If data storage vendors made cars…

Posted by on April 23, 2014

flash car

Take a moment to consider the things we put up with on a daily basis because they have been understood and accepted as the status quo. Perhaps the old adage, “better the devil you know than the devil you don’t,” rings no truer than for traditional on-premise data storage systems. Sure, there have been numerous improvements in data storage over the years. Sure, the slower, capacity-limited storage systems of yesterday continue to be replaced by bigger, faster storage systems all the time — but has there really been much improvement to address the most common idiosyncrasies that have existed for so long?

While data storage systems and cars have very little in common, imagine what automobiles would be like if they suffered from the same constraints and requirements have become the accepted norm with storage systems. Quite simply, owning an automobile would be a vastly different experience. How different? Think about all the things you would need:

  • A replacement every three years regardless of whether you needed it or not, or risk your payment rising drastically
  • A second automobile housed in a distant garage that is seldom used, except in the case of disaster — and once you replace your primary car, you have to replace that second one, too, whether it’s ever been driven or not
  • A permanent auto mechanic who works in your house
  • A supply of spare parts in your garage as part of regular operation and maintenance
  • The ability to keep growing your garage space and driveway to hold more automobiles as you expand to an entire fleet
  • An expanding portion of your time transferring your belongings from old to new automobiles as part of a never-ending replacement process

Whether or not you agree with the premise of this analogy, the point remains that the requirements and constraints of managing data storage may suddenly seem unacceptable when applied to a more well-known context.

Of course, if you find the requirements of managing on-premise storage to be borderline absurd, consider the cloud as an alternative to on-premise data storage. In particular, cloud-integrated storage offers a way to manage storage without:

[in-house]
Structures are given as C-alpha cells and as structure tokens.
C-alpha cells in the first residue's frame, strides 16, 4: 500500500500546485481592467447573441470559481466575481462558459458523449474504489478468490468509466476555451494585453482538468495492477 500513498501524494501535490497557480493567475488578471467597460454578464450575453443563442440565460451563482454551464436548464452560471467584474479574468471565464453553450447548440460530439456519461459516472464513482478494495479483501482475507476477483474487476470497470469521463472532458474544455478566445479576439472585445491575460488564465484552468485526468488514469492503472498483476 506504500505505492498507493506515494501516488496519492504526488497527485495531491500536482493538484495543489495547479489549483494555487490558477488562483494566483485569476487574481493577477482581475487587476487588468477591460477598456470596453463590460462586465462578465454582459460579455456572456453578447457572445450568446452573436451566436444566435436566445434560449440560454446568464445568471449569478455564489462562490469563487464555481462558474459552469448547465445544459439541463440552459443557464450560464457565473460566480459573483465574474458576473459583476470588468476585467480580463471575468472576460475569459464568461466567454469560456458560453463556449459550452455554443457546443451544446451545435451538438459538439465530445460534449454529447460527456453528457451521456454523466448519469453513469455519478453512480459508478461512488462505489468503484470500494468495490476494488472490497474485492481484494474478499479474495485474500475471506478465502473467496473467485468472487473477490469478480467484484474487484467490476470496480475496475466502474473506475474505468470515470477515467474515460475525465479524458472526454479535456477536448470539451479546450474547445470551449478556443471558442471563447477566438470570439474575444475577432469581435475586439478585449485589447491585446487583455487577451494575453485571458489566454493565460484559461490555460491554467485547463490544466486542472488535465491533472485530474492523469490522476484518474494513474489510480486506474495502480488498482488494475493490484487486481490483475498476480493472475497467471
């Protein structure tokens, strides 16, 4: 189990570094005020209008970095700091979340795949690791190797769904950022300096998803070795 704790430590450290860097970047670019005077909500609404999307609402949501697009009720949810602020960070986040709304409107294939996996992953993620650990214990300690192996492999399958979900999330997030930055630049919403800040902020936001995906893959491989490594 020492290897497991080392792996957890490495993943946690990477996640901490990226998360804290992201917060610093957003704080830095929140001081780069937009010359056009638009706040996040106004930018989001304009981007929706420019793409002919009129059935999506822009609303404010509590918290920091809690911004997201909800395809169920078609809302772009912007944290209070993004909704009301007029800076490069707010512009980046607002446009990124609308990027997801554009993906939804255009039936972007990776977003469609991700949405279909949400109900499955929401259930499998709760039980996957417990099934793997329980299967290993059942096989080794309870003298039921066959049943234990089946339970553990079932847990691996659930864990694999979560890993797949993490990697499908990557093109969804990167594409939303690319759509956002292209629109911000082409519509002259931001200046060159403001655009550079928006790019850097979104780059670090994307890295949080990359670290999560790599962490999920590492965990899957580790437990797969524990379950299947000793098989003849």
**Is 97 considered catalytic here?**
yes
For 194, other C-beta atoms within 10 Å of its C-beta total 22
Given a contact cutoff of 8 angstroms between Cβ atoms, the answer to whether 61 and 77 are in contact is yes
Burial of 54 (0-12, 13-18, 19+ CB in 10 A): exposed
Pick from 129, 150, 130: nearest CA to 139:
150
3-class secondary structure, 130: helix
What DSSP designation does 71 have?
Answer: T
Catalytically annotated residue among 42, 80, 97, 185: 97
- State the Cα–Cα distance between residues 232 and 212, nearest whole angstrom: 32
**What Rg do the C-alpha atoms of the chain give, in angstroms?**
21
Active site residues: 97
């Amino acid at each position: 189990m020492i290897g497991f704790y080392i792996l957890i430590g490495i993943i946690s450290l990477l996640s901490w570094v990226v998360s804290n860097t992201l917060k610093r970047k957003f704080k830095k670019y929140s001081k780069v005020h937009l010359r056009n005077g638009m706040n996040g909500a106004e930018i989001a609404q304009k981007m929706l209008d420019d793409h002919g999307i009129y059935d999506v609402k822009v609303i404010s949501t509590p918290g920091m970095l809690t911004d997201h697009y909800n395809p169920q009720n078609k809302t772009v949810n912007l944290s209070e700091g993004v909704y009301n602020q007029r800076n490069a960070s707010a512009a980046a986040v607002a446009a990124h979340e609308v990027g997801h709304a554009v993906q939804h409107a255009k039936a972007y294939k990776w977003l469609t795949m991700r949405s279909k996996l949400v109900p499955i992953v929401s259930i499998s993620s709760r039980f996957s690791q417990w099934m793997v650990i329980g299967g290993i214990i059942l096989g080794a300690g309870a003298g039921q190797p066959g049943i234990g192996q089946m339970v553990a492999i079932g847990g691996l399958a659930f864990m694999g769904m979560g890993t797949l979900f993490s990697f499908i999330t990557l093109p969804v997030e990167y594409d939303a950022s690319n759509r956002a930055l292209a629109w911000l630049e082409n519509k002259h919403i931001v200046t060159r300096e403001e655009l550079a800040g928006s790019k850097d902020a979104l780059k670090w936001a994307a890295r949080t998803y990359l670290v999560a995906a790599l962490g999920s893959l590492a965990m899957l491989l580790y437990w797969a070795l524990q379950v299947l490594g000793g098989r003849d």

• The need to replace systems on a regular basis
  • Dedicated and seldom used secondary sites for disaster recovery
  • Significant administration
  • A large inventory of spare parts (i.e. spare drives)
  • A constantly growing need for floor space

Are you bothered by the quirks associated with managing your on-premise data storage? If so, let us know what they are.

 

 

5 Responses to If data storage vendors made cars…

  • Maciej 4/23/2014

    I like that analogy. Think about the case when someone heavily depends on the car, say fire brigade or transport company – they have all of above, and it makes sense for them.

  • IT guy 5/1/2014

    This analogy does not work for an enterprise IT shop. Just doesn’t. As you state in the blog, cars and data storage are very different. Anyone can come up with ridiculous comparisons to make a point. Doesn’t make them valid.

  • RobbieM 5/1/2014

    No different than the vendors touting ‘converged infrastructure’ today.
    You buy the car, along with a secondary like auto, you may be able to start driving it sooner, but you will still have a ‘specialized know it all’ mechanic or several more focused mechanics sitting in your garage and you still need to move your belongings into the new mobile. So are we really that far ahead?

  • Joel Berman 5/1/2014

    I get your point and like the blog but.

    Todays cars, compared to cars of the 80’s, if they improved as storage did, would cost a few dollars, hold a million passengers, got thousands of miles per hour, and it would not be a huge burden to keep an extra one.

    As I wrote, I like your blog, but I do think people fail to appreciate the incredible change in IT. I read that an iPhone has more computing power than the entire Apollo man on the moon project used.

    • Nicos Vekiarides 5/1/2014

      Joel,

      Thanks for your comments. Good points regarding the pace of technological advancement — but also consider the business benefits cloud solutions bring to the table beyond the technology.

      -Nicos

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